Genetic Mutations, Part II: Induced Mutations

It’s not just replication which is responsible for genetic mutations. Other things can happen to DNA as well. DNA does very important things, but one of the things that it isn’t good at is staying intact. DNA is not known for being a durable molecule. It is pretty fragile overall. DNA is constantly in danger of being broken or modified by a variety of physical and chemical agents.

For example, radiation is absorbed by nucleotides, which can break the molecules apart. If this happens, the bases themselves might be damaged, rendering it non-functional. Or, one or more base-pairs might be deleted. Or, they might even be added. Or both strands of the double helix might simply break, causing the entire molecule to split in two.

Many kinds of chemicals would interact with bonds in DNA and break them. For example, chemicals found in tobacco smoke are well-known to be highly reactive with DNA. So-called free radicals, which are produced normally by our own metabolism, also interact with DNA and can potentially damage it.

DNA is under constant assault. Even if replication goes well, once DNA is put together, there are many factors which are assaulting it and potentially damaging it. By one estimate, the DNA in a single human cell may be damaged a thousand times a day. A thousand times a day, something happens to your DNA. As you might imagine, there is molecular machinery that is devoted to detecting and correcting all sorts of errors that creep into DNA.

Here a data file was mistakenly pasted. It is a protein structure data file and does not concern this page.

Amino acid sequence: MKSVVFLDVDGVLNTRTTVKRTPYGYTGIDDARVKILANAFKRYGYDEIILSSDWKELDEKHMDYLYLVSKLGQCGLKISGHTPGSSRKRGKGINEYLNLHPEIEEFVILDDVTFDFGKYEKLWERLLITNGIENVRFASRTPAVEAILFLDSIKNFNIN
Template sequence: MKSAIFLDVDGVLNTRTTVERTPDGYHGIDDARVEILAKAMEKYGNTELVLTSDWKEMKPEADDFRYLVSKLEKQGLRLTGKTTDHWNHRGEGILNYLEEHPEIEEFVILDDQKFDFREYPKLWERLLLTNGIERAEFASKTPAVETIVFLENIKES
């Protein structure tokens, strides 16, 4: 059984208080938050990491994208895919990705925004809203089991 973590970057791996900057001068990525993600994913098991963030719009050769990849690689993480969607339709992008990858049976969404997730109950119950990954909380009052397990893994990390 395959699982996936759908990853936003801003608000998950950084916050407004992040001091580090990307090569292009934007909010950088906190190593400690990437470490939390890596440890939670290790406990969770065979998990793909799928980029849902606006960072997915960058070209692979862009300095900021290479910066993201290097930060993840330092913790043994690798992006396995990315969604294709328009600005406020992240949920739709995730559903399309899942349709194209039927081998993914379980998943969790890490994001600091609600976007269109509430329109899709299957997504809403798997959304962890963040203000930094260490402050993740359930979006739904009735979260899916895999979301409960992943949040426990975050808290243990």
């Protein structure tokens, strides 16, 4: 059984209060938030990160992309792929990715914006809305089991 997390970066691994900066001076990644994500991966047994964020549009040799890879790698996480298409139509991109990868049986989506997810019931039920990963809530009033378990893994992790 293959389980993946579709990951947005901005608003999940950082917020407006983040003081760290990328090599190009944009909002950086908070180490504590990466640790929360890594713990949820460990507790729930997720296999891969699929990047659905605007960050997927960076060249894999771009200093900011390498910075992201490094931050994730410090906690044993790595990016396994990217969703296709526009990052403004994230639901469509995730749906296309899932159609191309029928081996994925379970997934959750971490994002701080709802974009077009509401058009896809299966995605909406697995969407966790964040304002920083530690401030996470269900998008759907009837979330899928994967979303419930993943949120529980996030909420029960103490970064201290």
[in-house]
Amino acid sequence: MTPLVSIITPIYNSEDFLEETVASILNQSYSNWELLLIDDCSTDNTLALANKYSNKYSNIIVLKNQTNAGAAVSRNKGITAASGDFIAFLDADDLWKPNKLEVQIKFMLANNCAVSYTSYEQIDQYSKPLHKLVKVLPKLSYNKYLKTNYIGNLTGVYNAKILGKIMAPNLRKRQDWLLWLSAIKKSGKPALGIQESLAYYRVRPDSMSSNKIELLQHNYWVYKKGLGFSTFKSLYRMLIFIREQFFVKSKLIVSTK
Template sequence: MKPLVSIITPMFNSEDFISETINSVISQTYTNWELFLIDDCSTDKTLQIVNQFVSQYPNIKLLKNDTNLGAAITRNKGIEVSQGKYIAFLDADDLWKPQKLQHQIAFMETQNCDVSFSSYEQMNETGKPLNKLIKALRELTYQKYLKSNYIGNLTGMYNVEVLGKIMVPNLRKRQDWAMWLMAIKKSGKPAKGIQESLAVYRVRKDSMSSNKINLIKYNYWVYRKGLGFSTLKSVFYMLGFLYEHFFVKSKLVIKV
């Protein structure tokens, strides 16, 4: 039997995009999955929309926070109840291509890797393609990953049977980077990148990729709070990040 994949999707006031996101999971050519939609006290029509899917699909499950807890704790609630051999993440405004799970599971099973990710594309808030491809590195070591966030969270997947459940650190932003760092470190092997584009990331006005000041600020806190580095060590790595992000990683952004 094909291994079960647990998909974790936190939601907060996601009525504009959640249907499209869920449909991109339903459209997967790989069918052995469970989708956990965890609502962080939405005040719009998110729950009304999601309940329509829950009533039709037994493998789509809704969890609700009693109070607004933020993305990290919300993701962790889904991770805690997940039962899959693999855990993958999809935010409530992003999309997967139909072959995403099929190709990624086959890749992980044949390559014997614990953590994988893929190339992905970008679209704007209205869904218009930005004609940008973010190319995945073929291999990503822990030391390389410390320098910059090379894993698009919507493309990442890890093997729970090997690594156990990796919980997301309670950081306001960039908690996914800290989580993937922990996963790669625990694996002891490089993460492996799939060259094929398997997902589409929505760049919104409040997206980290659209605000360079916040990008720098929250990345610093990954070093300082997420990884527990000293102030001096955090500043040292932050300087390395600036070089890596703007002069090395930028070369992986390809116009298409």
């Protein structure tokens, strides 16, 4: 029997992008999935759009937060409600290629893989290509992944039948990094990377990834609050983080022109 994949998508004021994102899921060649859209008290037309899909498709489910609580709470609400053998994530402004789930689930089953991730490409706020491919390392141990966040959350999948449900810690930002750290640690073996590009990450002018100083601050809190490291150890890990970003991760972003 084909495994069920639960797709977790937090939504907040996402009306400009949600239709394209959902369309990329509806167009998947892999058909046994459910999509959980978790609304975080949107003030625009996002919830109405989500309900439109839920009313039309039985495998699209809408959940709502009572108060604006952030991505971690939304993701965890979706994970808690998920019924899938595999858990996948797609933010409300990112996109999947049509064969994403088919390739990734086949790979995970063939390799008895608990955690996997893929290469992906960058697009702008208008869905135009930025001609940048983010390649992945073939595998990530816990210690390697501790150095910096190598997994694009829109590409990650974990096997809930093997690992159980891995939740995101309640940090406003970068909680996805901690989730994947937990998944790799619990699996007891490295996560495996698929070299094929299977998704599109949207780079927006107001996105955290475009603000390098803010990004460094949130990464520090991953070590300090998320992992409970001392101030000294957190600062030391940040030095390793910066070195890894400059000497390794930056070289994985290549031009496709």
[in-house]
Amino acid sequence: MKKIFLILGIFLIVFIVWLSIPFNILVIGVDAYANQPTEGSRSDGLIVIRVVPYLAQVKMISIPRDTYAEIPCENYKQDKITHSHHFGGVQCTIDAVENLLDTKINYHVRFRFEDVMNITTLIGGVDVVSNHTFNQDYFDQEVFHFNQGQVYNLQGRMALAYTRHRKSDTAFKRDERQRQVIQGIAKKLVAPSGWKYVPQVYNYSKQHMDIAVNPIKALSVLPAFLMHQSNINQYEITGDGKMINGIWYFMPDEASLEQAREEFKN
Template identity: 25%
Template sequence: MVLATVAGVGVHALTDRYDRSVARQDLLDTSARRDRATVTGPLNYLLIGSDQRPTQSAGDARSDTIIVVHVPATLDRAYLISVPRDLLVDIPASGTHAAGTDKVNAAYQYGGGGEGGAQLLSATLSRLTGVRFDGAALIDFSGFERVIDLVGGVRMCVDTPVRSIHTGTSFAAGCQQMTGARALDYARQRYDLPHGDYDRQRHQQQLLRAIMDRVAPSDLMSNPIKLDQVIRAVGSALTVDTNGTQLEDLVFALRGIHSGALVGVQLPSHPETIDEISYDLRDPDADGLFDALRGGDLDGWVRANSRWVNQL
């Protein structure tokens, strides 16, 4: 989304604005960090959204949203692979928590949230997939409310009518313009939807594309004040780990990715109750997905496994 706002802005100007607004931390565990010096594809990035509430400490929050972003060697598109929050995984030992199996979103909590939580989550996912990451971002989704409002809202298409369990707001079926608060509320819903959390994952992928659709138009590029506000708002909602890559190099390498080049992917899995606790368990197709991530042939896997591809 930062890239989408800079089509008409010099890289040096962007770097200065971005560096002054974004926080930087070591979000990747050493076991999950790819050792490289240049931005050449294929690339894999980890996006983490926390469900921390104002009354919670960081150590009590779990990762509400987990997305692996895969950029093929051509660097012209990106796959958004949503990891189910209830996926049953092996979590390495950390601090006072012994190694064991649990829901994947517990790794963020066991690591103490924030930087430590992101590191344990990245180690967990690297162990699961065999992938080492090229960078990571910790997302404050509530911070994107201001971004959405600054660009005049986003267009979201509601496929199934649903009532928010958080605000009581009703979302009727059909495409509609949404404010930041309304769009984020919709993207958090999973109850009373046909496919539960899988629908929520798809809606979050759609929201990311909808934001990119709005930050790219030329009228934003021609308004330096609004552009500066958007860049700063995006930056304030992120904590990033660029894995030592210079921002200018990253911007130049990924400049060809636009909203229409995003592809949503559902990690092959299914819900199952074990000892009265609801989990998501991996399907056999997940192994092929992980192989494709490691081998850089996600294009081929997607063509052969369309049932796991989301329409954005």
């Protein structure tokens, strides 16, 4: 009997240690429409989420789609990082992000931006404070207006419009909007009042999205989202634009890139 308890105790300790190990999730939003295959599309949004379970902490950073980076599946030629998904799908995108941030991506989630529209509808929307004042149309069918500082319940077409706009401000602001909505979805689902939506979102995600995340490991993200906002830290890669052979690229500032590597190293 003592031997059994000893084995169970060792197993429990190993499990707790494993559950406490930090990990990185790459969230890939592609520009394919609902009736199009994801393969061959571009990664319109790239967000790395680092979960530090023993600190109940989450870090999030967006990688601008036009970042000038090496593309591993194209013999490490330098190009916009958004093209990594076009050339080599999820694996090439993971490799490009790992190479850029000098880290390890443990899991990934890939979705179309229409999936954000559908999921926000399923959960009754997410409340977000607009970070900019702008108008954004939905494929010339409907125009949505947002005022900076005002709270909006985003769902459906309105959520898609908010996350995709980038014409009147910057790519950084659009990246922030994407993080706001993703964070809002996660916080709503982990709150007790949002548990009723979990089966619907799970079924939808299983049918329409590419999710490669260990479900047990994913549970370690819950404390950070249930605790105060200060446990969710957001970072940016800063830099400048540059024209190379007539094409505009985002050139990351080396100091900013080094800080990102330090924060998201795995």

Most of these repair mechanisms share something in common. They depend on complimentary base-pairing to correct mistakes when they find them. When a mistake is detected, they cut out one or the other of the single strands of the double helix.

In spite of this molecular effort, some damage does remain unrepaired, and there can be consequences. A very high percentage of cancers are caused by genetic errors brought on by exposure to various DNA damaging agents. We call them carcinogens. Usually these cancers are caused by damage to certain classes of genes (antioncogenes or tumor suppressor genes). These genes code for proteins that are involved in regulating the way that cells normally divide and reproduce. They essentially act as ON or OFF switches for cell division. When these genes are damaged, they no longer function appropriately, and the cell begins to divide in an uncontrolled fashion. This is a common defining feature of cancers.

In my next article I will talk about the types of mutations that occur, and their specific consequences.

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